There is a new law in Ohio called the Ohio Data Protection Act (S.B. 220) signed by Gov. John Kasich on August 3, 2018 and is set to go into effect on November 1, 2018. It is the first piece of legislation introduced as a result of the CyberOhio Initiative. It grants businesses a defense in Ohio courts if a data breach occurs and the business can prove it had a CyberSecurity program in place that meets industry-recognized security frameworks.
Rather than an imposed law, the Act is intended to provide businesses with a voluntary, legal incentive to achieve a ‘higher level of security’ through implementation of a written CyberSecurity program and strong CyberSecurity controls in place to protect data. It is applicable to Tort claims only, i.e. negligence and invasion of privacy claims.
To be eligible for this new defense, the business must have a CyberSecurity program in place that is formulated to:
- Protect the confidentiality and security of personal information,
- Protect against unauthorized access to and acquisition of personal information that is likely to result in a material risk of fraud or identity theft, and“Reasonably conform” to one of the listed frameworks for information security, cybersecurity, or security assessment:
- CIS Critical Security Controls, ISO, IEC, or
- NIST, or
- If credit card payment is accepted at the business, the cybersecurity program must also act in accordance with the Payment Card Industry’s data Security Standards (PCI-DSS) to qualify for the affirmative defense,
- Similarly, businesses subject to state or federally mandated security requirements may also qualify. Examples include: Health Insurance Portability and Accountability Act (HIPAA) and the Health Information Technology for Economic and Clinical Health Act (HITECH) amendments to HIPAA, Title V of the Gramm-Leach-Bliley Act (GLBA), and the Federal Information Security Modernization Act (FISMA).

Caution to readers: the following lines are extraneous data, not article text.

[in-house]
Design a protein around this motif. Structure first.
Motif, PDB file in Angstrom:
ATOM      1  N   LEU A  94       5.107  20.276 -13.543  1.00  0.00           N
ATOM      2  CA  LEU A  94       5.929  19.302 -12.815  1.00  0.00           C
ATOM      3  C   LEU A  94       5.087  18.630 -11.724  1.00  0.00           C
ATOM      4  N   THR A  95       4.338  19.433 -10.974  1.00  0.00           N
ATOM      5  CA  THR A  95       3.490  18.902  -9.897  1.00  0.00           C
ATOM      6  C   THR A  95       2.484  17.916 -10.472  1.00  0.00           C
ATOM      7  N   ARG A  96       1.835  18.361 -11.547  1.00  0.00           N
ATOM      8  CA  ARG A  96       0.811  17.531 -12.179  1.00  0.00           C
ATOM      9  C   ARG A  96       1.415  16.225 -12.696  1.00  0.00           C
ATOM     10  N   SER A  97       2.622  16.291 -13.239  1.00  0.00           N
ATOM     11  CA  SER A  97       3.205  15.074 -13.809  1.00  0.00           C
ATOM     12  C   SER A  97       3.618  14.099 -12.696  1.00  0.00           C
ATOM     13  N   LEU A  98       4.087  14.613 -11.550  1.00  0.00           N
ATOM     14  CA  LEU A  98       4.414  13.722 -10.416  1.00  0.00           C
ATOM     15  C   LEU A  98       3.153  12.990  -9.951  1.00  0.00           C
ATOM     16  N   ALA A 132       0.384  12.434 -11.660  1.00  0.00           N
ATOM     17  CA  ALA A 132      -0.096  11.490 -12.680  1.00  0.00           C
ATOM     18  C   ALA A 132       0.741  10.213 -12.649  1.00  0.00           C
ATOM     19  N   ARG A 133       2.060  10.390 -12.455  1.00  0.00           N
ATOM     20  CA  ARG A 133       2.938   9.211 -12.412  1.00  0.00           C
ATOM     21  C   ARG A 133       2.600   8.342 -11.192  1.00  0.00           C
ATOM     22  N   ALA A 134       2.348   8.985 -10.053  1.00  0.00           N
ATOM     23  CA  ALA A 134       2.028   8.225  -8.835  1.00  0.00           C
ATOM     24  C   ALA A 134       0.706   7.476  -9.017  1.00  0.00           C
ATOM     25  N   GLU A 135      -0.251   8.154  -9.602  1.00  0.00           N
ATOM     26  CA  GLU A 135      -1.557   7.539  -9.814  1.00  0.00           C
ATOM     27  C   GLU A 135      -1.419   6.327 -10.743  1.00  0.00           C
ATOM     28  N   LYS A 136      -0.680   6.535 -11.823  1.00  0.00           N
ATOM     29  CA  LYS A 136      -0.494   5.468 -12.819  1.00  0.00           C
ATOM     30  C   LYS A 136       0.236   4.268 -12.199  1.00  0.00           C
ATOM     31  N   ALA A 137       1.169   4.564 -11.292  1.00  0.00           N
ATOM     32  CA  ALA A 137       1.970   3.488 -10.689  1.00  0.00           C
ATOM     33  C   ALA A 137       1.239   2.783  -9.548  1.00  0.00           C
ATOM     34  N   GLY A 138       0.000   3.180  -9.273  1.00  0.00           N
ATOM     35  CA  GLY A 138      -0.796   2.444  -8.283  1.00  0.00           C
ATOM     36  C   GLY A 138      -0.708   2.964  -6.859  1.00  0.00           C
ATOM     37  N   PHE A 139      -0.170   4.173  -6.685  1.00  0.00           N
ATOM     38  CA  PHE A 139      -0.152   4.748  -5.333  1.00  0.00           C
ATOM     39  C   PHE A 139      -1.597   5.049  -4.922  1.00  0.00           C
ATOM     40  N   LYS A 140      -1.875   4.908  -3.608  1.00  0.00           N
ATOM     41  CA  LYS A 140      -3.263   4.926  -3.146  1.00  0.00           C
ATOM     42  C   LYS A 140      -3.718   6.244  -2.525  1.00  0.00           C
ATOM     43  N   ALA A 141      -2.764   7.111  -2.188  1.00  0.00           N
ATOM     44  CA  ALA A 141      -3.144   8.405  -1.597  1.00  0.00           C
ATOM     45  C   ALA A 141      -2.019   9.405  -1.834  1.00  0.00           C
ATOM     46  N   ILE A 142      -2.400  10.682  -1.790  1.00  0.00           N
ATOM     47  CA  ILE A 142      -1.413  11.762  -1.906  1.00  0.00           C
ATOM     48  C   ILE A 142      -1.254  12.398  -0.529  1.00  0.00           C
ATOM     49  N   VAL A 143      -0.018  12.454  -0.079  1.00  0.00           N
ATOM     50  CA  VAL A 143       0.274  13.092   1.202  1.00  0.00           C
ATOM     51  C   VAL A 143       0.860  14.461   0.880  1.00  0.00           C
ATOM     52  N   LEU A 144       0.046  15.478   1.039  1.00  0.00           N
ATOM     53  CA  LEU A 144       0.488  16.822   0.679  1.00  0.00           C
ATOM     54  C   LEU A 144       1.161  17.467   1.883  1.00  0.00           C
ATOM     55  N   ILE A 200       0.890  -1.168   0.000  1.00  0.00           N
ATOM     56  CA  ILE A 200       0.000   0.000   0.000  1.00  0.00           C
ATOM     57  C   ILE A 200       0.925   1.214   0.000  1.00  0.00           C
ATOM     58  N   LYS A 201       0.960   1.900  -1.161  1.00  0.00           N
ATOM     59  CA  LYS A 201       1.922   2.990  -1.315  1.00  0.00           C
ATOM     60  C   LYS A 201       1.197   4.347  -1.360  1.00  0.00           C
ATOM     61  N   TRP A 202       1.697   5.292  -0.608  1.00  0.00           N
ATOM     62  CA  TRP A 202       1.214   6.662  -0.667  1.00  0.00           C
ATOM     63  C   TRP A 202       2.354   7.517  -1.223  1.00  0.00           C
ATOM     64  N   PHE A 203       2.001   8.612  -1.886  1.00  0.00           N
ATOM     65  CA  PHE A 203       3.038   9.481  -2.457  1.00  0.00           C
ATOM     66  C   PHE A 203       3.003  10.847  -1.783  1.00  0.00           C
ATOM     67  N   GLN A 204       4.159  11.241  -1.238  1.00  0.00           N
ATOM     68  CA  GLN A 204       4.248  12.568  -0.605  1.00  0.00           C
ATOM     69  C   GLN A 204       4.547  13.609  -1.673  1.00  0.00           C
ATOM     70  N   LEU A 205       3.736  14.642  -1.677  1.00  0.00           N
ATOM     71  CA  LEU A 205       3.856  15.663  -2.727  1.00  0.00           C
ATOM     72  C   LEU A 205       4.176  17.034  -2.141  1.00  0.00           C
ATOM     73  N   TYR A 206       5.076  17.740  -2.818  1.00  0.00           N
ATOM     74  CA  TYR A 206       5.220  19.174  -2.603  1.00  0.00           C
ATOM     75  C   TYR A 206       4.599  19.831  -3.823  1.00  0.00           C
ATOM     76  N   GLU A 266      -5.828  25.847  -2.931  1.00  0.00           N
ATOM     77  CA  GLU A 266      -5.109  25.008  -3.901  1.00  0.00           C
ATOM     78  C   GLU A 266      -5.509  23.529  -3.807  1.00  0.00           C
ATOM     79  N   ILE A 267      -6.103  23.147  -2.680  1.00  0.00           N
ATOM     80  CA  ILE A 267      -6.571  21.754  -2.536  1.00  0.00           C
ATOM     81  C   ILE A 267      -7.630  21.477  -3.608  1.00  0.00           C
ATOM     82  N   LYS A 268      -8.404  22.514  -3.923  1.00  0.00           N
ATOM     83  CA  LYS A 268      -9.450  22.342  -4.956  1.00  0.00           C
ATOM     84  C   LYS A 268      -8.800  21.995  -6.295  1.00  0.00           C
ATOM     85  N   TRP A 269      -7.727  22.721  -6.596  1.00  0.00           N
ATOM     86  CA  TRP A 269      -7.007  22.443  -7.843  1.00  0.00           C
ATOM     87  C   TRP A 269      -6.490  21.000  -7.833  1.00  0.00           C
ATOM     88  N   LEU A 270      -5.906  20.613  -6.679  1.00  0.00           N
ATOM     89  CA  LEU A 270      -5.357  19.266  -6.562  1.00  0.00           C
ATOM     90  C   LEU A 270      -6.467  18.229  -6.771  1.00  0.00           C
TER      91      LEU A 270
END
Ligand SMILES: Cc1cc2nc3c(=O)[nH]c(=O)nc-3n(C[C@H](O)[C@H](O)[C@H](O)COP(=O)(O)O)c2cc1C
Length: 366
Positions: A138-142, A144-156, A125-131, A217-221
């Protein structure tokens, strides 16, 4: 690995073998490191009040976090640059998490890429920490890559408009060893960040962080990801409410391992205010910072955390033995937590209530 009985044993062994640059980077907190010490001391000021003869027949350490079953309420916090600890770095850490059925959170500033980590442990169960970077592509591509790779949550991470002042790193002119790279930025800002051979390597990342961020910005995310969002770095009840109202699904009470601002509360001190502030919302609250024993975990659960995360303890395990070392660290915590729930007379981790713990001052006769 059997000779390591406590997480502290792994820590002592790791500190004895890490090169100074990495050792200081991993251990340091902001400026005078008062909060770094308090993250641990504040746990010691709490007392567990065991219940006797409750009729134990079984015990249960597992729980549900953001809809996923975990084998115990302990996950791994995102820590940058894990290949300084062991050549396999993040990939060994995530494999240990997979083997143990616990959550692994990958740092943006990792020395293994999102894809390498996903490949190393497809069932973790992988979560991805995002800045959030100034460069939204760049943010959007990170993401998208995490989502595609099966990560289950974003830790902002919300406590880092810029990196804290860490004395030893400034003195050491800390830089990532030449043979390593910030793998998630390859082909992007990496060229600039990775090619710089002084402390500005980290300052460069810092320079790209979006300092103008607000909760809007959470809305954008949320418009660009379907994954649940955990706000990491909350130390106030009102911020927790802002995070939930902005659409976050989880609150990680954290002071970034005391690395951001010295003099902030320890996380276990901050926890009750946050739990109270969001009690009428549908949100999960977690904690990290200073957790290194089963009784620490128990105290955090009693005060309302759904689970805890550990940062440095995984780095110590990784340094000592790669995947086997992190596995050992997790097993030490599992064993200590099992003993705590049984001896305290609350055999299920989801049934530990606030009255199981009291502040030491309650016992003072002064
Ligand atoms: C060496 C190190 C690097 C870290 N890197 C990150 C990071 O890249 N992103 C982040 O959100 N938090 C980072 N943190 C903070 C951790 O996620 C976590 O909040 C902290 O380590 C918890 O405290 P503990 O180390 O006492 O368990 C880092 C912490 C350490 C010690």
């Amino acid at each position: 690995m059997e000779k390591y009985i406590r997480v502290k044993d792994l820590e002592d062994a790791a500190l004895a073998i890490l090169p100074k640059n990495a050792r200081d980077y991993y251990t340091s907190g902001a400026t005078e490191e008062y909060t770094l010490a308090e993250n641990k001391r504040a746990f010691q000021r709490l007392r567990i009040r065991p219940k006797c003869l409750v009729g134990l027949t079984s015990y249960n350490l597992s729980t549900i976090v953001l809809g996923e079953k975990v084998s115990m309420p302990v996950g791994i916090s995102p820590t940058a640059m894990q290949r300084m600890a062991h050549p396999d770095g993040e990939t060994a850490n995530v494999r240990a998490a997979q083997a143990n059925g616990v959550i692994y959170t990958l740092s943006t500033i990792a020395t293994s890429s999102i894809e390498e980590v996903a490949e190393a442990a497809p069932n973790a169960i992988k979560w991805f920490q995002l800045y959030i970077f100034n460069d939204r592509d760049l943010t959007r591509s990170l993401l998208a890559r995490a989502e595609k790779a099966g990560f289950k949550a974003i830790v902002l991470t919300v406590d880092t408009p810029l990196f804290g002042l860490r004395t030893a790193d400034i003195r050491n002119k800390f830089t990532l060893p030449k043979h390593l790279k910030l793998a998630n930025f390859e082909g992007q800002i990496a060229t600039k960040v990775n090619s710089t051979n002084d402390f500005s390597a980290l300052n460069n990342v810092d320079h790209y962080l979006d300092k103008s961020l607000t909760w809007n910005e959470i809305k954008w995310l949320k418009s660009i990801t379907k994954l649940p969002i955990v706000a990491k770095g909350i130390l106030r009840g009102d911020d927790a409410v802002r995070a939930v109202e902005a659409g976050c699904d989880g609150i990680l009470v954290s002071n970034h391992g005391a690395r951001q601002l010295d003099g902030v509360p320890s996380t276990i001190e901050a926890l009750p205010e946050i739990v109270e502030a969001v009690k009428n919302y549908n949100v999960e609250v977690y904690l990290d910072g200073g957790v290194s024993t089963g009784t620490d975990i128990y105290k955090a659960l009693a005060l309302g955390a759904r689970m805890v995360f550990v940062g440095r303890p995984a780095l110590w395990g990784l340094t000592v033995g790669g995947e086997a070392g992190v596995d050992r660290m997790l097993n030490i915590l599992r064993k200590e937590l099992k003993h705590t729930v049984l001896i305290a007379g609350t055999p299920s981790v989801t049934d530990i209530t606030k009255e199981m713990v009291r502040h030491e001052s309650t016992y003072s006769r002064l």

While most large businesses already have many if not all of these items in place, this new law can be particularly beneficial to the small businesses. However, the challenge is businesses do not automatically qualify for this new safe harbor, and it may be difficult to establish. Under the Ohio Data Protection Act, the business still has the burden of establishing that its CyberSecurity program complied with the law’s requirements.
Another challenge is there is no universal approach. The necessary scale and scope of the CyberSecurity program required to activate the safe harbor is determined by various factors such as the size, complexity and nature of the business and its activities; the cost and availability of tools for security improvement, the sensitivity level of the personal information it possesses, and vulnerability reduction; and the resources the business has at its disposal to spend on CyberSecurity.
In addition, many of the aforementioned frameworks do not have a standardized process of certification, so proving that their cyber security protection conforms to the applicable framework may also be challenging.
However, given the increasing and sometimes devastating risk in cost, downtime and reputation that a data breach presents for businesses, the Ohio Data Protection Act is a step in the right direction — by rewarding those that adopt and maintain a more robust cybersecurity program with a significant safe harbor incentive that can provide some legal protection against data breach. While from a litigation standpoint, the effects of this law are minimal, it may cause other states to recognize the importance of this issue and take legal steps towards positive change as well.
From a business perspective, the Ohio Data Protection Act helps businesses create a financial justification towards being cyber prepared. In the past many organizations looked at Cybersecurity plans and the services that came with it (penetration tests, vulnerability scans, training, etc.) as being an expense, albeit an expense of doing business. As an expense with no tangible benefit Cybersecurity plans were often pushed down to the bottom of an organization’s to-do list. Now there is a real benefit for that expense, a get-out-of-jail free card when properly implemented and faced with certain types of lawsuits post breach. It could also be surmised that with this additional benefit of being cyber ready, an organization may be considered even more negligent if not properly prepared.
LINK TO LEGISLATION TEXT: https://www.legislature.ohio.gov/legislation/legislation-summary?id=GA132-SB-220
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